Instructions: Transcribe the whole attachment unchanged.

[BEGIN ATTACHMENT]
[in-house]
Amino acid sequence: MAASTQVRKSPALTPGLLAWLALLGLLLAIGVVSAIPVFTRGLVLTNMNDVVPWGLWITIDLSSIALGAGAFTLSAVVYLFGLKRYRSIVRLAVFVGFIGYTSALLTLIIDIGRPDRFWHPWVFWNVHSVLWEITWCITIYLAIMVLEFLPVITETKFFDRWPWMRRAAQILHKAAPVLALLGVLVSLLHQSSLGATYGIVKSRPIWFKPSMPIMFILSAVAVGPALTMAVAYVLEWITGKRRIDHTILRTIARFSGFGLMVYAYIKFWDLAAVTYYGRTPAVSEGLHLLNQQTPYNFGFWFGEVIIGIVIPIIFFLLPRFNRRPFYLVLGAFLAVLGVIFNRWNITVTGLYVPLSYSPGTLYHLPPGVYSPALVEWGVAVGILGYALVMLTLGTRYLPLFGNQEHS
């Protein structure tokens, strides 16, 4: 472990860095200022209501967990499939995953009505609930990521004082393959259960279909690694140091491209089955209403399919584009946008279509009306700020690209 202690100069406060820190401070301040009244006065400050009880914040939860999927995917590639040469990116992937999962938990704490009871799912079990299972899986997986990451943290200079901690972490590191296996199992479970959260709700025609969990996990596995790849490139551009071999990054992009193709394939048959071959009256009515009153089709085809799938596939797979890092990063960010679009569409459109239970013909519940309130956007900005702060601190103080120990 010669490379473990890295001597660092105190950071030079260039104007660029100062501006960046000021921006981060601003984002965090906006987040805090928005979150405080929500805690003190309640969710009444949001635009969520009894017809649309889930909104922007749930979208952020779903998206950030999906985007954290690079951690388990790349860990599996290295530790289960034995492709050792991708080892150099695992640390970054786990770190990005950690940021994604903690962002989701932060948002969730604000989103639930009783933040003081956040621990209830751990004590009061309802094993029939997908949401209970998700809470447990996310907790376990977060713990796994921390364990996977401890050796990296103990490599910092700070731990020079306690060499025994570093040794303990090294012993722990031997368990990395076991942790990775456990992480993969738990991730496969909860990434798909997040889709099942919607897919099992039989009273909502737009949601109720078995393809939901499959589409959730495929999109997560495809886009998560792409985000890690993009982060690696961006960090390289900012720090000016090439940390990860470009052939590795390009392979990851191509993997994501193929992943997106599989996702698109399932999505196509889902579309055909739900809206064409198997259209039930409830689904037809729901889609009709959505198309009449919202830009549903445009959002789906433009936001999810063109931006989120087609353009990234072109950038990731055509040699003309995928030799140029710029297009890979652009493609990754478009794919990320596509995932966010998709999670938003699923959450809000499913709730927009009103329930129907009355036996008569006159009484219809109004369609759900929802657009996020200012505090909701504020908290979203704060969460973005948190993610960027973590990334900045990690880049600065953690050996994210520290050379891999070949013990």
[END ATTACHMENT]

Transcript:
[in-house]
Amino acid sequence: MAASTQVRKSPALTPGLLAWLALLGLLLAIGVVSAIPVFTRGLVLTNMNDVVPWGLWITIDLSSIALGAGAFTLSAVVYLFGLKRYRSIVRLAVFVGFIGYTSALLTLIIDIGRPDRFWHPWVFWNVHSVLWEITWCITIYLAIMVLEFLPVITETKFFDRWPWMRRAAQILHKAAPVLALLGVLVSLLHQSSLGATYGIVKSRPIWFKPSMPIMFILSAVAVGPALTMAVAYVLEWITGKRRIDHTILRTIARFSGFGLMVYAYIKFWDLAAVTYYGRTPAVSEGLHLLNQQTPYNFGFWFGEVIIGIVIPIIFFLLPRFNRRPFYLVLGAFLAVLGVIFNRWNITVTGLYVPLSYSPGTLYHLPPGVYSPALVEWGVAVGILGYALVMLTLGTRYLPLFGNQEHS
């Protein structure tokens, strides 16, 4: 472990860095200022209501967990499939995953009505609930990521004082393959259960279909690694140091491209089955209403399919584009946008279509009306700020690209 202690100069406060820190401070301040009244006065400050009880914040939860999927995917590639040469990116992937999962938990704490009871799912079990299972899986997986990451943290200079901690972490590191296996199992479970959260709700025609969990996990596995790849490139551009071999990054992009193709394939048959071959009256009515009153089709085809799938596939797979890092990063960010679009569409459109239970013909519940309130956007900005702060601190103080120990 010669490379473990890295001597660092105190950071030079260039104007660029100062501006960046000021921006981060601003984002965090906006987040805090928005979150405080929500805690003190309640969710009444949001635009969520009894017809649309889930909104922007749930979208952020779903998206950030999906985007954290690079951690388990790349860990599996290295530790289960034995492709050792991708080892150099695992640390970054786990770190990005950690940021994604903690962002989701932060948002969730604000989103639930009783933040003081956040621990209830751990004590009061309802094993029939997908949401209970998700809470447990996310907790376990977060713990796994921390364990996977401890050796990296103990490599910092700070731990020079306690060499025994570093040794303990090294012993722990031997368990990395076991942790990775456990992480993969738990991730496969909860990434798909997040889709099942919607897919099992039989009273909502737009949601109720078995393809939901499959589409959730495929999109997560495809886009998560792409985000890690993009982060690696961006960090390289900012720090000016090439940390990860470009052939590795390009392979990851191509993997994501193929992943997106599989996702698109399932999505196509889902579309055909739900809206064409198997259209039930409830689904037809729901889609009709959505198309009449919202830009549903445009959002789906433009936001999810063109931006989120087609353009990234072109950038990731055509040699003309995928030799140029710029297009890979652009493609990754478009794919990320596509995932966010998709999670938003699923959450809000499913709730927009009103329930129907009355036996008569006159009484219809109004369609759900929802657009996020200012505090909701504020908290979203704060969460973005948190993610960027973590990334900045990690880049600065953690050996994210520290050379891999070949013990």